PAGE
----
Like every Bulls fan, Megan Potter’s heart sank when it was announced that the club effectively stood on the brink of oblivion.
On March 27 came the news that unless supporters raised £1million – at least half by mid-April – a sporting institution faced going bust.
And so from there, on that tumultuous Tuesday morning, the seeds were sown for the most traumatic season in the club’s recent history.
It did not look good.
Chairman Peter Hood said the situation could not be more critical.
Director Andrew Bennett talked of the club being at death’s door.
A Quest for Survival fundraising campaign was launched and Mick Potter’s wife played a pivotal role in the administration department as ticket office manager.
Reunited with the former Bulls coach in Australia this week after finishing work at Odsal, Megan recalled: “We were a small staff anyway, so a few of us got together quickly and discussed how we were going to track all the information and record all the pledges.
“It was a busy time with the Leeds game on Good Friday – and on top of that we were trying to drive the pledge and reach £500,000 in 11 days.
“Your next task is then getting in the money and the only place to do that is your front office.
“We did it and were lucky to have such a strong set of volunteers and people who had spent a lot of time there.”
Hood and Bennett had spoken of their hope of attracting the investment required to stave off administration.
However, they were unseated by a group of majority shareholders, led by former chairman Chris Caisley, in early May.
Megan said: “Everything changed from when the pledge started and where it ended up because of the situation between the two parties.
“But I know that we hit that target of £500,000 and I know that they (Hood and Bennett) pulled in the money in good faith.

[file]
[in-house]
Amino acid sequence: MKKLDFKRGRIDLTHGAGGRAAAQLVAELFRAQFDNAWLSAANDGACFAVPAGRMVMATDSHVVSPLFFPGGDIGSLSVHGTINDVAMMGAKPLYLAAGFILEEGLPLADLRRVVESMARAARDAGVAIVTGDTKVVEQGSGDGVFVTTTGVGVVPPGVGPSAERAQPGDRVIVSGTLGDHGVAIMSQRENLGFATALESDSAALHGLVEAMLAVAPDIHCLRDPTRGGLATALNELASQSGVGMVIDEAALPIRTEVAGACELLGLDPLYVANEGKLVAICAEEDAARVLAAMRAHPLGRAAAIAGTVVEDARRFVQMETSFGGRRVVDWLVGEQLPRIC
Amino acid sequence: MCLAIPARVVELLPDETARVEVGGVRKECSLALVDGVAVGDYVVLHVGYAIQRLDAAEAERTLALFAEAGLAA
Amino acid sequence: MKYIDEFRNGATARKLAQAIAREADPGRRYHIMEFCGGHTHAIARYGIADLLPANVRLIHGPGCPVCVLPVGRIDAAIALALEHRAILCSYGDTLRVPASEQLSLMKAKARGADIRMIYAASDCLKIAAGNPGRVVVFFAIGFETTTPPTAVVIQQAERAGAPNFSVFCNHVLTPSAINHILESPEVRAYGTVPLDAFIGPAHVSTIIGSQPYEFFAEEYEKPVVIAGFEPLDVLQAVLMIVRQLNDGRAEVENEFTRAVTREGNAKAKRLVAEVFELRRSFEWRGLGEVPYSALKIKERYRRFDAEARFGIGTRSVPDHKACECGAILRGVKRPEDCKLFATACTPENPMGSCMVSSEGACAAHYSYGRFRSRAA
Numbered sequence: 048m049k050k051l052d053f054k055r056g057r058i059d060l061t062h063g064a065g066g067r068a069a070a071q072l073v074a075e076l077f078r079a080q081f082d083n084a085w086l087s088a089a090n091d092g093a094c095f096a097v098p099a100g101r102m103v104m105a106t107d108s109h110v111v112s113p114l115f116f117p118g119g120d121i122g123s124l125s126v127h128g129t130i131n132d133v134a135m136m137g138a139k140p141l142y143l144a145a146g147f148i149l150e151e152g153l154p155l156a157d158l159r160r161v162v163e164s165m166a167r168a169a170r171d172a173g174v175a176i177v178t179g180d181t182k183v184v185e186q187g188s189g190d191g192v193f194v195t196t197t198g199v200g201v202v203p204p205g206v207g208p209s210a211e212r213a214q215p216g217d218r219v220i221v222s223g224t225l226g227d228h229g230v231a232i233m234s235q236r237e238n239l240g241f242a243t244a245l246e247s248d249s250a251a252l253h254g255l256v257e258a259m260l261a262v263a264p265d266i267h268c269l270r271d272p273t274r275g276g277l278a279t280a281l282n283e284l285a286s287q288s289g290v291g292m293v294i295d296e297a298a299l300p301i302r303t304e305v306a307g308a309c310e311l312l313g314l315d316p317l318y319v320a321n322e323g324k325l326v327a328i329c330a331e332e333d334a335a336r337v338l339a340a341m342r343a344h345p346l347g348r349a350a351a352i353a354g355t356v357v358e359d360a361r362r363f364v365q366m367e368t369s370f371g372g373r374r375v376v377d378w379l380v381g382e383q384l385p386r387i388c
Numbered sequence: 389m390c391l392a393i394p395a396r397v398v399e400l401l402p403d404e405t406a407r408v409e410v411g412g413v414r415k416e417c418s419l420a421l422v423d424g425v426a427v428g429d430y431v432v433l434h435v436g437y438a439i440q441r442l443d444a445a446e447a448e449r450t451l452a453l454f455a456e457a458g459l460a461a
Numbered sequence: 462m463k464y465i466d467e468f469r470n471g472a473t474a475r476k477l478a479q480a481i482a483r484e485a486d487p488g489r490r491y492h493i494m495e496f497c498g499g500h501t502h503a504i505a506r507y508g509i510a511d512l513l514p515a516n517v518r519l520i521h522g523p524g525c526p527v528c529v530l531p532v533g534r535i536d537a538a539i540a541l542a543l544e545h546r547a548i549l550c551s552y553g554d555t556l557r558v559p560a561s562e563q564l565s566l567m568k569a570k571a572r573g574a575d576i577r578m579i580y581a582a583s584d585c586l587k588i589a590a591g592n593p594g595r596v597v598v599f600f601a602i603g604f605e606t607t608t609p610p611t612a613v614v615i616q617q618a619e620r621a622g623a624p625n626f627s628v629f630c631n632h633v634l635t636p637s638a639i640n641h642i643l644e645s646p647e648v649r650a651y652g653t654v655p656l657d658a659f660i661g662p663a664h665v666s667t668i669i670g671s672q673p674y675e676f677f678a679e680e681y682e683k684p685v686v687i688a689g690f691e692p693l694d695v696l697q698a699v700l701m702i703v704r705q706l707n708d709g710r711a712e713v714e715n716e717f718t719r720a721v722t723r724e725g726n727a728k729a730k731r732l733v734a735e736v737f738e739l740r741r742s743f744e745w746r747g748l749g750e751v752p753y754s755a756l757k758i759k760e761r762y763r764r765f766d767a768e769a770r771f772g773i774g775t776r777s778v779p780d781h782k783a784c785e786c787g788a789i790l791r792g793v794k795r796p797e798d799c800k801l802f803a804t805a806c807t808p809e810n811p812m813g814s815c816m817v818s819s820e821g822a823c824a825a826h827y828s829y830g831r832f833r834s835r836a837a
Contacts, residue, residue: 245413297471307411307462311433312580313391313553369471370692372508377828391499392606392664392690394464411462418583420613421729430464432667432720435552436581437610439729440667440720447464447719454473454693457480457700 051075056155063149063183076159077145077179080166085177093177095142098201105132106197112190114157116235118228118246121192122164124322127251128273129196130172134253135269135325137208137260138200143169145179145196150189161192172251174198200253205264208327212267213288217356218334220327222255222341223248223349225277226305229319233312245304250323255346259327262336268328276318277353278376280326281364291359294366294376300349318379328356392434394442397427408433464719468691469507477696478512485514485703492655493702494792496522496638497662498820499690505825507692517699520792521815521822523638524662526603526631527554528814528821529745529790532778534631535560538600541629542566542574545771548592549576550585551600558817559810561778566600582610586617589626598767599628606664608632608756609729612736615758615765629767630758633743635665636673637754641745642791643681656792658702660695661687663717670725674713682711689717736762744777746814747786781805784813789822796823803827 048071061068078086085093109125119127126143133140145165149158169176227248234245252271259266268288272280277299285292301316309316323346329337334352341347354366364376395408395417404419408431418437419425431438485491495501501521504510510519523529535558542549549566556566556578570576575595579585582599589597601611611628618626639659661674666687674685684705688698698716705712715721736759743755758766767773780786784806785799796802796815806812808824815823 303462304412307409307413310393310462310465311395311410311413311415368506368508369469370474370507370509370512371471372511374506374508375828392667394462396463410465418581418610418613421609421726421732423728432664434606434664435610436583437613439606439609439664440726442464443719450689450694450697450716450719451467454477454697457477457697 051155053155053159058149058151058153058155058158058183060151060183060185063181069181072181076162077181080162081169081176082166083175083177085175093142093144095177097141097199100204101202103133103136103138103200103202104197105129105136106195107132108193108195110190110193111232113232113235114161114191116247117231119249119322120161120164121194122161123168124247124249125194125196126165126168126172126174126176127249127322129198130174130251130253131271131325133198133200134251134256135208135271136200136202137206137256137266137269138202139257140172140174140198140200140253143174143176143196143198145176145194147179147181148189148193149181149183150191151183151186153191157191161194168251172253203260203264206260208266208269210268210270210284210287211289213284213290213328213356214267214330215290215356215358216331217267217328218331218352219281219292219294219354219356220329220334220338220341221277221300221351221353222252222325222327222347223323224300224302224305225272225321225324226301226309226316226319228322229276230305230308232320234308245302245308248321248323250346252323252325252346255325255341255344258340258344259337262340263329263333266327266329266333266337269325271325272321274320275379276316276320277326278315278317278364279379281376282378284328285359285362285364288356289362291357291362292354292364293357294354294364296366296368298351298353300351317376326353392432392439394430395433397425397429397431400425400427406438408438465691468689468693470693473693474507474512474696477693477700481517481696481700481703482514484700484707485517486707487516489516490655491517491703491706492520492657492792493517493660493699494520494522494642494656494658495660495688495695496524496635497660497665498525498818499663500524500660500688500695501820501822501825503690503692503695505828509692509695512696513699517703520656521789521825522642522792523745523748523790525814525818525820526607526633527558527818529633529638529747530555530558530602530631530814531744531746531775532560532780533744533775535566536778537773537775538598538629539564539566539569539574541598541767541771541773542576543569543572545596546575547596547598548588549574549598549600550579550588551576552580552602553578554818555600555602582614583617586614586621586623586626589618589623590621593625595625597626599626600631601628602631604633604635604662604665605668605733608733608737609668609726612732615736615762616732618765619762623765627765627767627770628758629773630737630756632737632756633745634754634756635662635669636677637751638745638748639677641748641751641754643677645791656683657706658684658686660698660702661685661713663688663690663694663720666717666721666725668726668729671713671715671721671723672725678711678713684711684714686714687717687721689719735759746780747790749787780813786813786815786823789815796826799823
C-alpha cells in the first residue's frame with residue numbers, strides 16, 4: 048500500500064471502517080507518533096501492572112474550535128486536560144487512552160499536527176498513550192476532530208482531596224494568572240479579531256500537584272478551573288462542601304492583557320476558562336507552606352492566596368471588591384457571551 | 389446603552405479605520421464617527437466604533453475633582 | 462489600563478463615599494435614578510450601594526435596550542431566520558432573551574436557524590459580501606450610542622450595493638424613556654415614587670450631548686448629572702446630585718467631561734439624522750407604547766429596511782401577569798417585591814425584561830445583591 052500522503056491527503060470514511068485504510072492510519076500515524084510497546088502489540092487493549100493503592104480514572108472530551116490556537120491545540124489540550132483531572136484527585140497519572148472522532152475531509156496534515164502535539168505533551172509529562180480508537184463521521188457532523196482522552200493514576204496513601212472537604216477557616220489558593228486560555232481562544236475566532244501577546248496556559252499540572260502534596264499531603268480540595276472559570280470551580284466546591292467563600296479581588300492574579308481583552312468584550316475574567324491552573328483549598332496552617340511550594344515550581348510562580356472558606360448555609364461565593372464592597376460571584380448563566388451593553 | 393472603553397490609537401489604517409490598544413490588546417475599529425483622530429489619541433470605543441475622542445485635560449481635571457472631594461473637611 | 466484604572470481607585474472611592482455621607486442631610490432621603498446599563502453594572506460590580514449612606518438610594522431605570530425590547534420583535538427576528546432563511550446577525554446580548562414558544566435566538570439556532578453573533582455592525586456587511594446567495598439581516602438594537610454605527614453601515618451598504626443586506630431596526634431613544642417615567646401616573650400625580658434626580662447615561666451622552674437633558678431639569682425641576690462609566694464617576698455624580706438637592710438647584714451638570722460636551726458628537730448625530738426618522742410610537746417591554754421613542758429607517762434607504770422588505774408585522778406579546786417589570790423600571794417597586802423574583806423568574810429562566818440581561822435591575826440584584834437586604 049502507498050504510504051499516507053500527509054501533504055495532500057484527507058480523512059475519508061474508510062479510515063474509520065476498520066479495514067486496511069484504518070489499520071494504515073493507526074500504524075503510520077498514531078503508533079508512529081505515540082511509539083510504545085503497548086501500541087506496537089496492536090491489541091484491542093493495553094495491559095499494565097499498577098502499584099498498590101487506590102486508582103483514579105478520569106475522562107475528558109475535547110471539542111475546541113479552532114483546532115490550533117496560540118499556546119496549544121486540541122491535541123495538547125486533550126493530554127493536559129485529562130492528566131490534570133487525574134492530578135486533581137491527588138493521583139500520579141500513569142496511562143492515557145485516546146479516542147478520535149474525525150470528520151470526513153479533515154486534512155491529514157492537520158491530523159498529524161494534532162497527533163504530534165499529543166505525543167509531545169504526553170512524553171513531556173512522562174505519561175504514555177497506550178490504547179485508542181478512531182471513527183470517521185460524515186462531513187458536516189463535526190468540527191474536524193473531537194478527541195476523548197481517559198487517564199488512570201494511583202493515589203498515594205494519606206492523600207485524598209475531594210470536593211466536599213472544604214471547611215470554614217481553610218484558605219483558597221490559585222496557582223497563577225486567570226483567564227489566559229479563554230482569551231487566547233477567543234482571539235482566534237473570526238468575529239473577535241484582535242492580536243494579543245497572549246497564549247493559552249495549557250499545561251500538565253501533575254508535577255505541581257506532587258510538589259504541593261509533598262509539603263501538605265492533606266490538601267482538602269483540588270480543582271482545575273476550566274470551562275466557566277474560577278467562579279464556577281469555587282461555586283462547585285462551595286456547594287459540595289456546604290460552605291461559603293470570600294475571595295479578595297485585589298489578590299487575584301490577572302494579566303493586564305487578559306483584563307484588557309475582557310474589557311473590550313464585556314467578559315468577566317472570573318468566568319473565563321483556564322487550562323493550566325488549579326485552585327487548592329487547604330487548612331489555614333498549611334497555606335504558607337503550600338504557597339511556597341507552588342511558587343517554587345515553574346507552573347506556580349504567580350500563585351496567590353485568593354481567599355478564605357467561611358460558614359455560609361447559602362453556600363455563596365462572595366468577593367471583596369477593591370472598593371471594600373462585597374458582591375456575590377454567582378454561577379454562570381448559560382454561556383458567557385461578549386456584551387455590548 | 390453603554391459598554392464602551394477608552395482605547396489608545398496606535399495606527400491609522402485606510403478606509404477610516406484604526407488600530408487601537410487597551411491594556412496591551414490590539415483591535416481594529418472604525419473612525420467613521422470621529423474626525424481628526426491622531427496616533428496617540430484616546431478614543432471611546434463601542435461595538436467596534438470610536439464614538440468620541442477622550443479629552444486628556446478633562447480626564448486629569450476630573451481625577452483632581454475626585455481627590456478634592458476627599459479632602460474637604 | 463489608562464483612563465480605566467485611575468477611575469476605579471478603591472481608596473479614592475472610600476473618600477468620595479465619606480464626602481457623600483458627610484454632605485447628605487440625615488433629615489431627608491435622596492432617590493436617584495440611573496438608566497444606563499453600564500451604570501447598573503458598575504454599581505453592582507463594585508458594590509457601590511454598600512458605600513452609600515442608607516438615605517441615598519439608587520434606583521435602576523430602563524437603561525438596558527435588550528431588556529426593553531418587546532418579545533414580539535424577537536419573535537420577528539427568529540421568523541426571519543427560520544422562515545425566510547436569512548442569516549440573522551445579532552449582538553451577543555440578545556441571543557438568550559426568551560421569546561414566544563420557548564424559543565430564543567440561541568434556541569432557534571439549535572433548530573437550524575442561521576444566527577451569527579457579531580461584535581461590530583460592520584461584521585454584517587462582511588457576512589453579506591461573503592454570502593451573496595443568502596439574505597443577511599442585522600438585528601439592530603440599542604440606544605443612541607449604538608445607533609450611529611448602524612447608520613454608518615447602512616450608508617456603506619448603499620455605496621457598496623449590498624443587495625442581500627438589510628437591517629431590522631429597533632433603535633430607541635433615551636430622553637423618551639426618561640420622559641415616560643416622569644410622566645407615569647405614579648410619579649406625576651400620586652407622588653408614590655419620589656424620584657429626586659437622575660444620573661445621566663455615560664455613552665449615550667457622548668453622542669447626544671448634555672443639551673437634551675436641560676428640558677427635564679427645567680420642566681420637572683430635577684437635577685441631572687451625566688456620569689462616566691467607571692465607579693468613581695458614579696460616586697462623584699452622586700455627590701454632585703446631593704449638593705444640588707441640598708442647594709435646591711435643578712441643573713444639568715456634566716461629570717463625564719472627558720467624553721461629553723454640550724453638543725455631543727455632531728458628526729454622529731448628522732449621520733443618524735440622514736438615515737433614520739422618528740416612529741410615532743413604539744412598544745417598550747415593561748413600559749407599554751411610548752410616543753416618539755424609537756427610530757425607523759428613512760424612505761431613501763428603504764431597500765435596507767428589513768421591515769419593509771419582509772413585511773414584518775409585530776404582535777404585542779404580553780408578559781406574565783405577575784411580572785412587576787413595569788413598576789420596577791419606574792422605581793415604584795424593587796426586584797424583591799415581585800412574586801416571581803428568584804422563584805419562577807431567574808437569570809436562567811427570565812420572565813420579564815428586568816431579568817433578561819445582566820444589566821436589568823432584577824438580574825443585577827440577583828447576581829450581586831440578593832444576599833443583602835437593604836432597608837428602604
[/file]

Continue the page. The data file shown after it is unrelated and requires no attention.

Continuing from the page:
“At that stage we were going to get the rest of the money. I don’t know what the investment was but I do believe that was true.
“That changed because people weren’t sure what they were investing in or who was going to be in charge of the club. That put everything on shaky ground.”
On June 26, with Hood and Bennett gone and no major investment forthcoming, the club were placed into the hands of administrator Brendan Guilfoyle.
Less than a week later, Guilfoyle sacked the club’s entire coaching staff and key employees such as Megan, Debbie Charlton, Ryan Duckett and Stuart Duffy.
Many returned to work without pay, while former general manager Gary Tasker was appointed as interim chief executive to steady the ship.
Megan, who had worked at Bradford during her husband’s first spell at the club as assistant coach in the late 1990s, recalled: “Bradford would have gone under had those people not worked to keep it going.
“I’m not just talking about the coaching staff but also the office staff, who hadn’t been earning a lot of money anyway.
“You’re trying to get games on and all of a sudden you haven’t got a groundsman.
“You haven’t got anybody to sell anything. There were kids in charge of the front office and nobody appreciated the pressure that they were under.”
Megan was reinstated on a paid basis but Mick Potter and his coaching staff continued to work voluntarily until the end of the season.
He was subsequently voted Super League coach of the year – and the Bulls would have made the play-offs had they not been docked six points.
The Potters could easily have headed home before the season ended.
Financial assistance from the hardship fund set up by BullBuilder helped deter them – as did the strength of their relationship, which began as teenagers.
Megan explained: “You think ‘next week we’ll go home’ and then it keeps going on and you feel like you’re walking out on everything – the players; the fans.
“Therefore we just kept going.
“Has it brought Mick and I even closer together? Yes, I think it probably has.
“We both had the same goal and understood what each other was trying to do.
“It is difficult at times but you learn about people and even each other.
“You don’t know what effect the stress is going to have but I think it brought out the best in Mick.
“I know what he’s like but it was good for other people to see that too.
“We don’t leave as bitter people, otherwise we wouldn’t have stayed here, that’s for sure.
“Yes, it was very difficult at times, but there are a lot of things that we will look back on with good memories.”